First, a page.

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Video games for girls: trite and stereotypical?
Every time I talk to a video game designer, they tell me that the single biggest revolution in gaming isn't the newest platform, or the latest online role-playing world, or whatever, but rather that girls are gamers -- just as much, if not more so, than guys.
Subsequently, game companies are trying to cash in. Like Ubisoft, which is about to come out with "Imagine," an entire series of games targeted at young girls.
This sounds exciting, but instead it's incredibly dissapointing. Ubisoft seems intent on relying almost completely on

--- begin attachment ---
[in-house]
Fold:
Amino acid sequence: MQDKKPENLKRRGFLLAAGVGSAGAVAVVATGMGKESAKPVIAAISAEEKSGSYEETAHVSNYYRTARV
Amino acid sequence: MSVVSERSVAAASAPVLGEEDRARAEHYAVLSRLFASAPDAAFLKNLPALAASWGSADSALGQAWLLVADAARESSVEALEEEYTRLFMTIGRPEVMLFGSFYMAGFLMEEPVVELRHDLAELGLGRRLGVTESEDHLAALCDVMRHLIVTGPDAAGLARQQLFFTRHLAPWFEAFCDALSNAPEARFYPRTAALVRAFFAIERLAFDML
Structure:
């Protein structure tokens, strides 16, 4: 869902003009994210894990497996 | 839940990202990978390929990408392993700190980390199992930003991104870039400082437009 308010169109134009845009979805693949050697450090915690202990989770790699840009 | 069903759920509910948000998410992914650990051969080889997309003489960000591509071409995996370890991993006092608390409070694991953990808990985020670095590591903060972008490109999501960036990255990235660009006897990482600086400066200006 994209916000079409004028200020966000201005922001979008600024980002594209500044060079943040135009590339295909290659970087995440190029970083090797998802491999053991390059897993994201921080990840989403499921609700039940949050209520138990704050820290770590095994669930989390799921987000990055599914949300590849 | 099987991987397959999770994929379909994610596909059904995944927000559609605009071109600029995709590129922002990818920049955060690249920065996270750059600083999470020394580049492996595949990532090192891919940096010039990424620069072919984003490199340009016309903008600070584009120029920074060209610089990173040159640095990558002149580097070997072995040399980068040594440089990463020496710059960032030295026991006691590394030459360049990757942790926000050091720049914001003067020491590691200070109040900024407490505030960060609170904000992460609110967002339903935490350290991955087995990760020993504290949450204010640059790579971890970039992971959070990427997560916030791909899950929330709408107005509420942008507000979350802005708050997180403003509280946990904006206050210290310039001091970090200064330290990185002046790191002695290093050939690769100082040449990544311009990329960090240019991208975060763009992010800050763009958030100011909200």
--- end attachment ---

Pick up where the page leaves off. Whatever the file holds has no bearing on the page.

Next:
ancient female stereotypes "research," which suggests that girls only like shopping, animals and babies. As noted by Alice Taylor, who's done extensive research on gaming and runs the blog, Wonderland:
"If young girls only like shopping, fashion and babies, then they wouldn't like Ratchet and Clank. Or Mario Kart. Or Dance Dance Revolution. Or Wii Sports. Or Pokemon ... It's a bit ironic that the series is called Imagine, and yet Ubisoft is demonstrating a distinct lack of the stuff here. As Brian brilliantly said, 'what's next, Imagine: The Glass Ceiling?'"
Honestly, I think I'd rather have my daughter blasting aliens with a machine gun than playing a game that reinforces gender stereotypes that are so outdated, it makes games like "babyz" look downright absurd.